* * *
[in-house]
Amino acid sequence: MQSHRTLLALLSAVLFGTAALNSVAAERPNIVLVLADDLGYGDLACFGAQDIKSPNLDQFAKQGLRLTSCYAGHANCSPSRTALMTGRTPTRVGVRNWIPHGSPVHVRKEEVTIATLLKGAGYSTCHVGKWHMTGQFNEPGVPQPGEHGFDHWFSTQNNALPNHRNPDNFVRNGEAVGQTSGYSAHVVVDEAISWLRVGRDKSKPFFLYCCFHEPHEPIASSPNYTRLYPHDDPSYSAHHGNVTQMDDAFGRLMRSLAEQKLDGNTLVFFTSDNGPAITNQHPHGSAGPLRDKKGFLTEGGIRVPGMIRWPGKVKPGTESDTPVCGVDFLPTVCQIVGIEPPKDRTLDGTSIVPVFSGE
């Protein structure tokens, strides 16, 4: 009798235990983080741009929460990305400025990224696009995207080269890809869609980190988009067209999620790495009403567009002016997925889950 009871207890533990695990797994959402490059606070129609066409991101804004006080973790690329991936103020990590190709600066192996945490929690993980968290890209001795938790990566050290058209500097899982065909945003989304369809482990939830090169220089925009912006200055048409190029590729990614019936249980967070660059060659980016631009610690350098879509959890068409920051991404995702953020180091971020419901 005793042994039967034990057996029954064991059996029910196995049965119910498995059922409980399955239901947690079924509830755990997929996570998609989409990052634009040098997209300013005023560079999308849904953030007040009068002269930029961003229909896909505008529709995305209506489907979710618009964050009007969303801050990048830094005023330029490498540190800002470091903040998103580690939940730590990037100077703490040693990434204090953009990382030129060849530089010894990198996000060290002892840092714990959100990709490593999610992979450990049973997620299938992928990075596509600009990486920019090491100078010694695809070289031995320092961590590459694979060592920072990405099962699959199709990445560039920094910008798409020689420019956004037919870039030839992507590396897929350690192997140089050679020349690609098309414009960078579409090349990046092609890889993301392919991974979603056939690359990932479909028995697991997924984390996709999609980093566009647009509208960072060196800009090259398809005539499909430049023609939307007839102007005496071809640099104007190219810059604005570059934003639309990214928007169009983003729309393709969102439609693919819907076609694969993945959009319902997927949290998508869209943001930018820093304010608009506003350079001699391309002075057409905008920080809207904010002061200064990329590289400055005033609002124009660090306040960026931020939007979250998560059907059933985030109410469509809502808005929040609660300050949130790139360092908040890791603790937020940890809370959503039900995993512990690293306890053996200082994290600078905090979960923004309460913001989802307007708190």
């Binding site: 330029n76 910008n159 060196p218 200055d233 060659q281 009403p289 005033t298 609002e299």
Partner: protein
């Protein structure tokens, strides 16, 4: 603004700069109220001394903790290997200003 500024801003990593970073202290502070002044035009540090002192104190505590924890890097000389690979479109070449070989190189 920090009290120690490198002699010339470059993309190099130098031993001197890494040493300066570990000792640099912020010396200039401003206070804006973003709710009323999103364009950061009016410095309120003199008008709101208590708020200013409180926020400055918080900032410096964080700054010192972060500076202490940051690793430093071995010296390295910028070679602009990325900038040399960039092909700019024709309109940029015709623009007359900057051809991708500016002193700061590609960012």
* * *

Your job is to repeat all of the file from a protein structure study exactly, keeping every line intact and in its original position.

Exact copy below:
[in-house]
Amino acid sequence: MQSHRTLLALLSAVLFGTAALNSVAAERPNIVLVLADDLGYGDLACFGAQDIKSPNLDQFAKQGLRLTSCYAGHANCSPSRTALMTGRTPTRVGVRNWIPHGSPVHVRKEEVTIATLLKGAGYSTCHVGKWHMTGQFNEPGVPQPGEHGFDHWFSTQNNALPNHRNPDNFVRNGEAVGQTSGYSAHVVVDEAISWLRVGRDKSKPFFLYCCFHEPHEPIASSPNYTRLYPHDDPSYSAHHGNVTQMDDAFGRLMRSLAEQKLDGNTLVFFTSDNGPAITNQHPHGSAGPLRDKKGFLTEGGIRVPGMIRWPGKVKPGTESDTPVCGVDFLPTVCQIVGIEPPKDRTLDGTSIVPVFSGE
């Protein structure tokens, strides 16, 4: 009798235990983080741009929460990305400025990224696009995207080269890809869609980190988009067209999620790495009403567009002016997925889950 009871207890533990695990797994959402490059606070129609066409991101804004006080973790690329991936103020990590190709600066192996945490929690993980968290890209001795938790990566050290058209500097899982065909945003989304369809482990939830090169220089925009912006200055048409190029590729990614019936249980967070660059060659980016631009610690350098879509959890068409920051991404995702953020180091971020419901 005793042994039967034990057996029954064991059996029910196995049965119910498995059922409980399955239901947690079924509830755990997929996570998609989409990052634009040098997209300013005023560079999308849904953030007040009068002269930029961003229909896909505008529709995305209506489907979710618009964050009007969303801050990048830094005023330029490498540190800002470091903040998103580690939940730590990037100077703490040693990434204090953009990382030129060849530089010894990198996000060290002892840092714990959100990709490593999610992979450990049973997620299938992928990075596509600009990486920019090491100078010694695809070289031995320092961590590459694979060592920072990405099962699959199709990445560039920094910008798409020689420019956004037919870039030839992507590396897929350690192997140089050679020349690609098309414009960078579409090349990046092609890889993301392919991974979603056939690359990932479909028995697991997924984390996709999609980093566009647009509208960072060196800009090259398809005539499909430049023609939307007839102007005496071809640099104007190219810059604005570059934003639309990214928007169009983003729309393709969102439609693919819907076609694969993945959009319902997927949290998508869209943001930018820093304010608009506003350079001699391309002075057409905008920080809207904010002061200064990329590289400055005033609002124009660090306040960026931020939007979250998560059907059933985030109410469509809502808005929040609660300050949130790139360092908040890791603790937020940890809370959503039900995993512990690293306890053996200082994290600078905090979960923004309460913001989802307007708190």
């Binding site: 330029n76 910008n159 060196p218 200055d233 060659q281 009403p289 005033t298 609002e299």
Partner: protein
């Protein structure tokens, strides 16, 4: 603004700069109220001394903790290997200003 500024801003990593970073202290502070002044035009540090002192104190505590924890890097000389690979479109070449070989190189 920090009290120690490198002699010339470059993309190099130098031993001197890494040493300066570990000792640099912020010396200039401003206070804006973003709710009323999103364009950061009016410095309120003199008008709101208590708020200013409180926020400055918080900032410096964080700054010192972060500076202490940051690793430093071995010296390295910028070679602009990325900038040399960039092909700019024709309109940029015709623009007359900057051809991708500016002193700061590609960012």